Computers sometimes take unexpected decisions and provide raw information which the flight crew must analyse, the report said. They should instead anticipate problems and offer pilots ways of recovering from a crisis without overloading them with information.

The fully computerised cockpit was pioneered by the European manufacturer Airbus in the 1980s. With the so-called fly-by-wire system, pilots tap journey details into the flight management system and the plane then largely flies itself. If pilots need to intervene during flights it is usually because something has gone wrong.

David Learmount, safety editor of Flight International magazine, said some modern cockpit screens present information relevant only to the current phase of flight. Pilots no longer need to keep an eye on dozens of dials.

But the vast number of choices available to pilots when inputting information on the flight computer meant errors were possible.

A Boeing spokesman said: “Modern flight management systems are designed to reduce the workload of the pilot and increase safety. Flight- deck design is constantly incorporating human factors to aid decision-making and the pilot is very much part of the process from the outset.”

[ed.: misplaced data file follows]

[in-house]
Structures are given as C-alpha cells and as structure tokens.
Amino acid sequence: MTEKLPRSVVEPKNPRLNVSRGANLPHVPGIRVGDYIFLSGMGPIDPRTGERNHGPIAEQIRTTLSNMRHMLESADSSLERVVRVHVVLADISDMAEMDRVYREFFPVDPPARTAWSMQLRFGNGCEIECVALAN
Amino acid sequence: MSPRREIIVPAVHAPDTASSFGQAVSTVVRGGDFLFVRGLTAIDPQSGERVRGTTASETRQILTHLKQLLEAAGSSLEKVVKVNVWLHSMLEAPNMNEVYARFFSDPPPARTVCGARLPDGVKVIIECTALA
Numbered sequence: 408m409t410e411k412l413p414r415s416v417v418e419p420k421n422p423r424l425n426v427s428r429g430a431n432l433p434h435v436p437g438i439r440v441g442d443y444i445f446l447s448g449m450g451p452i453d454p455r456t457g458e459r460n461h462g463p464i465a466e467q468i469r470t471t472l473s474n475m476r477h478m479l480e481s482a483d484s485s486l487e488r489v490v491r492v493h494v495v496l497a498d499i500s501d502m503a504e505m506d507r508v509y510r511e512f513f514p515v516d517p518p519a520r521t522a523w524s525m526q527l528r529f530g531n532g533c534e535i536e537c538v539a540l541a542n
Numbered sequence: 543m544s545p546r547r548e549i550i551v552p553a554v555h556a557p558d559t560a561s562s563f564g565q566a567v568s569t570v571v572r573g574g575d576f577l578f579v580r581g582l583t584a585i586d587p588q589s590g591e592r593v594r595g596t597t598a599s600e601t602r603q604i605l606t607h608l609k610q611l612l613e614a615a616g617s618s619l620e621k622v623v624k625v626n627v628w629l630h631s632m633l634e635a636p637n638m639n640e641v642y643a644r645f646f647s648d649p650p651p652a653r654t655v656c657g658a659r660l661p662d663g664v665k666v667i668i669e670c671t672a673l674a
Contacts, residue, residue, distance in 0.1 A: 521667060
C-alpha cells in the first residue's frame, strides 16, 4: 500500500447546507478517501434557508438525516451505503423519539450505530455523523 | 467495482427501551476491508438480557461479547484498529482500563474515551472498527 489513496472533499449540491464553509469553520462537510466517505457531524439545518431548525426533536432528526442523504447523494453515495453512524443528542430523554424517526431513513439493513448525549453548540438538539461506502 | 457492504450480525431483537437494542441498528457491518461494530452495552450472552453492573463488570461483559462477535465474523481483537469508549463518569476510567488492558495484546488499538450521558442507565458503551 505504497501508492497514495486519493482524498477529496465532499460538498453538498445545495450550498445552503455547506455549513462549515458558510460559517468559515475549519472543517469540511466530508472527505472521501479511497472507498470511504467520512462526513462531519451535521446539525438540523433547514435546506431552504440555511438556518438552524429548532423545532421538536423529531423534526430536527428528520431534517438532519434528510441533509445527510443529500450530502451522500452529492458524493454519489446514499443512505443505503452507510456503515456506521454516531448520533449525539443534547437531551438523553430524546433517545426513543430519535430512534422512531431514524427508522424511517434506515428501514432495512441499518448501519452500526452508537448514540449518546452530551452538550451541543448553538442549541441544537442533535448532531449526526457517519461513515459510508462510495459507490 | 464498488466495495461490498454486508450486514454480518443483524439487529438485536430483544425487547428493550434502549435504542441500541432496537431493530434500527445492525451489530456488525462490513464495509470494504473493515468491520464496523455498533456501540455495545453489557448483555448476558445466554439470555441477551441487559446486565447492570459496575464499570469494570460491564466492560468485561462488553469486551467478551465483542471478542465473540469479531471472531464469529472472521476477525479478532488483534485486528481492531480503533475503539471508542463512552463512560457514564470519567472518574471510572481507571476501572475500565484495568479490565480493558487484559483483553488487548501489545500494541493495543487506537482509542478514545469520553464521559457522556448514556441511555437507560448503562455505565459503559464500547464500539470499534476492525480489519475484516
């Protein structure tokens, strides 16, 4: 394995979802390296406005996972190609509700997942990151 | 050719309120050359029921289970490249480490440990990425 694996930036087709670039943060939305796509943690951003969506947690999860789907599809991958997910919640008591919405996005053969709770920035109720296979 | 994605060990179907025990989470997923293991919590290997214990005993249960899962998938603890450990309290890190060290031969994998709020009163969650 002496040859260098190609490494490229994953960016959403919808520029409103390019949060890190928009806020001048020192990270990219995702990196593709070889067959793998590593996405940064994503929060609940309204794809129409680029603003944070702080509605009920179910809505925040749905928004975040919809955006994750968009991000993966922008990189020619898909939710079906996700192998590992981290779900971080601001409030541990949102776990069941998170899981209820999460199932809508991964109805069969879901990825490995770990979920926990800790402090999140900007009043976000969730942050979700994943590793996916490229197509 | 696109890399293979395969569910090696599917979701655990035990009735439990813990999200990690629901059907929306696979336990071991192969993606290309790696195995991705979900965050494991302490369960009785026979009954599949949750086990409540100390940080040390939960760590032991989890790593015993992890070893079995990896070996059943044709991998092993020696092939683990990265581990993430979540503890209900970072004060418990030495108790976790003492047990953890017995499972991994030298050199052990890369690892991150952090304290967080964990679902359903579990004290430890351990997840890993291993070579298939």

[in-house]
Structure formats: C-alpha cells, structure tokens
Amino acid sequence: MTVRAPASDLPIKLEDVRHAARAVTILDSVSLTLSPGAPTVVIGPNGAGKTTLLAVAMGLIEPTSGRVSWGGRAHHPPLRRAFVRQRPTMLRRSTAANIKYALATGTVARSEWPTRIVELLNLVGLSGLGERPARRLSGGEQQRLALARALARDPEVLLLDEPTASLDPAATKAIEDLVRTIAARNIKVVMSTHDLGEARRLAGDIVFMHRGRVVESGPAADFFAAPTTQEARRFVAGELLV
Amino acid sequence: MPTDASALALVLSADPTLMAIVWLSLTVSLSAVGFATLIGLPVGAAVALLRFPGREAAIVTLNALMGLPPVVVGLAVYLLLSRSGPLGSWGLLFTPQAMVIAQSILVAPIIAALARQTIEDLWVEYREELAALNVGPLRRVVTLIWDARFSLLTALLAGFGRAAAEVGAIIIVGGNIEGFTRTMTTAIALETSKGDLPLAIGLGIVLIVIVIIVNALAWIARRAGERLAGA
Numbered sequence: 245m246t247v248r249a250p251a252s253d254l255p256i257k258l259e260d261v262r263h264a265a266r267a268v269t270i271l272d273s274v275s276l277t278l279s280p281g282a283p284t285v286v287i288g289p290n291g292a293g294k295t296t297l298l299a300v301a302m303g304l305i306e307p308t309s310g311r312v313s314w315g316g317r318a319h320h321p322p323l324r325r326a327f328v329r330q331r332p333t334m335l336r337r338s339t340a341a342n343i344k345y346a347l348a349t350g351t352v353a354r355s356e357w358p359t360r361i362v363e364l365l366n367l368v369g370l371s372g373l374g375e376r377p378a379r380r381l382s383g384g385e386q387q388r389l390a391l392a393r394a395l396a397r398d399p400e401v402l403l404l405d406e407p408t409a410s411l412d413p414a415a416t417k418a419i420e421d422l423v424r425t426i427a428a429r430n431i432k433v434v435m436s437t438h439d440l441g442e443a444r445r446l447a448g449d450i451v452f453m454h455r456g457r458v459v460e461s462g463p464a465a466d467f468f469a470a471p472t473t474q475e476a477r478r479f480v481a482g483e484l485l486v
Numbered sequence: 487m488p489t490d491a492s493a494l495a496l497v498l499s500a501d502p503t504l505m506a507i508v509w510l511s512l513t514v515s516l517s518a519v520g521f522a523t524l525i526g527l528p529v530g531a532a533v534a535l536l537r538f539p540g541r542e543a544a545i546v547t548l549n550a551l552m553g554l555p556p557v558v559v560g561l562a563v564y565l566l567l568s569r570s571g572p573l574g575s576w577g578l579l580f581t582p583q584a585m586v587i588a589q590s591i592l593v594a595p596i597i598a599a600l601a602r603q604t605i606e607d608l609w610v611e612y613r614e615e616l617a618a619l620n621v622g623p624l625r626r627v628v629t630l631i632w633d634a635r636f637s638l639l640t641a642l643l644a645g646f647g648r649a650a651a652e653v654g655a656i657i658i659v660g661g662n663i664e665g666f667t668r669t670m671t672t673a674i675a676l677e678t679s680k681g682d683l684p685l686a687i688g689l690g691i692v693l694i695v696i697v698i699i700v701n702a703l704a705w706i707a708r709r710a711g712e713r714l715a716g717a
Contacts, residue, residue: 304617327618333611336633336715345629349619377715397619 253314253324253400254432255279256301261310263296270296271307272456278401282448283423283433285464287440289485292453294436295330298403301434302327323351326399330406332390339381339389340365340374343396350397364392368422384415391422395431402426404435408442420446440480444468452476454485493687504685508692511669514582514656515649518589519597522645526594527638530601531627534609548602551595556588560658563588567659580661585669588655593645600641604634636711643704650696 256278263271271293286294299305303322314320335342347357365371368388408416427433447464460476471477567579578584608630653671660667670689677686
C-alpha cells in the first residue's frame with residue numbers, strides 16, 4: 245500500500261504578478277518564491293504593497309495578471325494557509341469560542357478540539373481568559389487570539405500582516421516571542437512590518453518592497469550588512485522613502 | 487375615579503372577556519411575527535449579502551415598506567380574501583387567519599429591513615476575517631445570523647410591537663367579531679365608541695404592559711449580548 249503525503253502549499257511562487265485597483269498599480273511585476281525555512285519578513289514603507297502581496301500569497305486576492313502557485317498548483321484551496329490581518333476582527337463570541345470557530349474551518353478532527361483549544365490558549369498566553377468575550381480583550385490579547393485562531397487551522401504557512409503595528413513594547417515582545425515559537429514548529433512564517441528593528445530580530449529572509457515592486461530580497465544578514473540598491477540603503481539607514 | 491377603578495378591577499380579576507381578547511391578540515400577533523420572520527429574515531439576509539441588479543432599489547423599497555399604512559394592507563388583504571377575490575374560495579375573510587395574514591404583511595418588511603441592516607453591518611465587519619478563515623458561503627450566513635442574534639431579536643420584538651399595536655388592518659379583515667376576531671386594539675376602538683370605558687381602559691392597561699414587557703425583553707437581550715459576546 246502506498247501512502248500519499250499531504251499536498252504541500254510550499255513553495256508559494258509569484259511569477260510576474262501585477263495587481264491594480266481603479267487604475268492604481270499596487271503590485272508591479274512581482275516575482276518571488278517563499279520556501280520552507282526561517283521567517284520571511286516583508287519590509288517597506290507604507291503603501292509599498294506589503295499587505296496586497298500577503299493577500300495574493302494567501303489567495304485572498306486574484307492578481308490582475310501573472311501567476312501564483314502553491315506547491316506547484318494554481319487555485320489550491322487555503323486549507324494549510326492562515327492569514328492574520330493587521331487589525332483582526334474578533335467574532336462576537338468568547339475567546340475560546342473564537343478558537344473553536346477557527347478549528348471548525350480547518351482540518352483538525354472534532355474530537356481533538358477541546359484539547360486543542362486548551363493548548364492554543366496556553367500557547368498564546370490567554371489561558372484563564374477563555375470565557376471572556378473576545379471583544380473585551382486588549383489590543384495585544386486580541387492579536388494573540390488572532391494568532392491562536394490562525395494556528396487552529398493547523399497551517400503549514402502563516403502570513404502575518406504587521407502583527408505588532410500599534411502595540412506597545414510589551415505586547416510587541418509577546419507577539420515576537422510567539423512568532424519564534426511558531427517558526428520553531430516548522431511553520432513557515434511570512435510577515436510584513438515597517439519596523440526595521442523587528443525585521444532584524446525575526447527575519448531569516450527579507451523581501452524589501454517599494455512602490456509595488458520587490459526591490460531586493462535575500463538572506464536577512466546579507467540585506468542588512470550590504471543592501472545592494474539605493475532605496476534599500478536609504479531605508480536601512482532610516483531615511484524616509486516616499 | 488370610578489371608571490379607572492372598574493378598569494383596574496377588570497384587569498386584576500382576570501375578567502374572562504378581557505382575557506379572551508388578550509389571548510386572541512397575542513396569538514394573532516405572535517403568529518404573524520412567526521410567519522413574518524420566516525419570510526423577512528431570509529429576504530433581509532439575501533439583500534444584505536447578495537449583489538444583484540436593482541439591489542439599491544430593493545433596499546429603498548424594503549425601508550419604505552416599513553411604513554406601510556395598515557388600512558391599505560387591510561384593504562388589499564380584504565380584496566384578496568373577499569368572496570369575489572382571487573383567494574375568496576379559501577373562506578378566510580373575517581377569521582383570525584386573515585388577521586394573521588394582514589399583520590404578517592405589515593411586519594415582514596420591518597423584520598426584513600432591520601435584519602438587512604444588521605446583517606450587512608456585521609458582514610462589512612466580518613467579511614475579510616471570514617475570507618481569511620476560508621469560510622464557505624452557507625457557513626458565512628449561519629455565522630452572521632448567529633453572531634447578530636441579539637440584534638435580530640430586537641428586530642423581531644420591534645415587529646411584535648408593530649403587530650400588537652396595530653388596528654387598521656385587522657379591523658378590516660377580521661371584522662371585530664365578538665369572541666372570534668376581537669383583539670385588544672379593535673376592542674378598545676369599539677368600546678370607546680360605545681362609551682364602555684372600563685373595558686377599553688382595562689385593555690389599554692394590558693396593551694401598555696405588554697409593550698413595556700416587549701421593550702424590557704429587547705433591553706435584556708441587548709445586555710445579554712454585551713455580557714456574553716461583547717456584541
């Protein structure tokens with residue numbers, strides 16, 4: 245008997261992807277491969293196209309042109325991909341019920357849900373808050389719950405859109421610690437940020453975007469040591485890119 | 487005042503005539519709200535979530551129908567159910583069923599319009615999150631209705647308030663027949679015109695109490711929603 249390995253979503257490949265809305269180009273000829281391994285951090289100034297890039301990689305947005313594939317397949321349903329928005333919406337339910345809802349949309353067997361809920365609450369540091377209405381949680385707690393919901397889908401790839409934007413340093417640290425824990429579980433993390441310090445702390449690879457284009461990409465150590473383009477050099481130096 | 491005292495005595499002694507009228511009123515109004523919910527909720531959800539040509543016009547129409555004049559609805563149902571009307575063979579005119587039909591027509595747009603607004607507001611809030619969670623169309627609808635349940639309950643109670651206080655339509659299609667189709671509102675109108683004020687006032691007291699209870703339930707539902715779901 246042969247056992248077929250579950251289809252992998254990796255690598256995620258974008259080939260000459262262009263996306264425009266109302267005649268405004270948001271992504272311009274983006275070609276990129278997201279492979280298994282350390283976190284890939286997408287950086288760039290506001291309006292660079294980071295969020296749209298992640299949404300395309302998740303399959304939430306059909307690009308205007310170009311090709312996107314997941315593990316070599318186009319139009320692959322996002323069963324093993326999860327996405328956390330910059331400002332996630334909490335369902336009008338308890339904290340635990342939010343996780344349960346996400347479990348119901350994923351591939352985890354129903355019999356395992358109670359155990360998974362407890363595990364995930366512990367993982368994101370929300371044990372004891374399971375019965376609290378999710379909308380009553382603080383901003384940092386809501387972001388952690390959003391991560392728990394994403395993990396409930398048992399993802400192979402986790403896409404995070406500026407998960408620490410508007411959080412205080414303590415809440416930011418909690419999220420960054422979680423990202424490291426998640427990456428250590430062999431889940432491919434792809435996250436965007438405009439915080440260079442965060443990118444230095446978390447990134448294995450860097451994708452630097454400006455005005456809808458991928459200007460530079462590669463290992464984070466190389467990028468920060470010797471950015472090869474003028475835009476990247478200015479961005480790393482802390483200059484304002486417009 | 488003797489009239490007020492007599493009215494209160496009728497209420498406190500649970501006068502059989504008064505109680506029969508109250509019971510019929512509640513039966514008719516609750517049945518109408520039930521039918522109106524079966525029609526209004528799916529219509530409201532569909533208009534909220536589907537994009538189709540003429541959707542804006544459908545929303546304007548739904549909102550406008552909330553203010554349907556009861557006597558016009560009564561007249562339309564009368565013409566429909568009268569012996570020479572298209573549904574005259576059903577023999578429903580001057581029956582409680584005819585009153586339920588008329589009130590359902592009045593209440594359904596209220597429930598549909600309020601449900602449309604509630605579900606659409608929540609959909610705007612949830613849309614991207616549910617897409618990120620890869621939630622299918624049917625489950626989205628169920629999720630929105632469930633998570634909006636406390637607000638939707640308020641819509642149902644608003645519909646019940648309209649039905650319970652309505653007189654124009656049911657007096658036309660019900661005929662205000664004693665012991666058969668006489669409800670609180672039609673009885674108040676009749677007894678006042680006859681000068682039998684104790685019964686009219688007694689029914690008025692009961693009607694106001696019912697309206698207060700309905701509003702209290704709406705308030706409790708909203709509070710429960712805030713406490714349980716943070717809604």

5 replies: All unread, jump to last
User currently offlineShenzhen From United States of America, joined Jun 2003, 1722 posts, RR: 1
Reply 1, posted (12 years 4 months 3 weeks 4 days 2 hours ago) and read 2879 times:

Is this the event where they asked the flight attandant to have a look, and when facing aft, it was the right hand engine?

Bad example, because you normally have two rows (on twin engine) of engine indicators, and the one on the left is for the left engine, and the one on the right is for the right engine.

The left hand fuel cutoff switch controls the left engine, and the right hand fuel cutoff switch controls the right.

If this is the case of simply shutting down the wrong engine (not cross connected wiring), then these guys simply blew it.

User currently offline411A From United States of America, joined Nov 2001, 1826 posts, RR: 8
Reply 2, posted (12 years 4 months 3 weeks 4 days ago) and read 2834 times:

Far too many pilots have dis-regarded high vibrations from larger turbofan engines, and simply decided that they 'knew better'.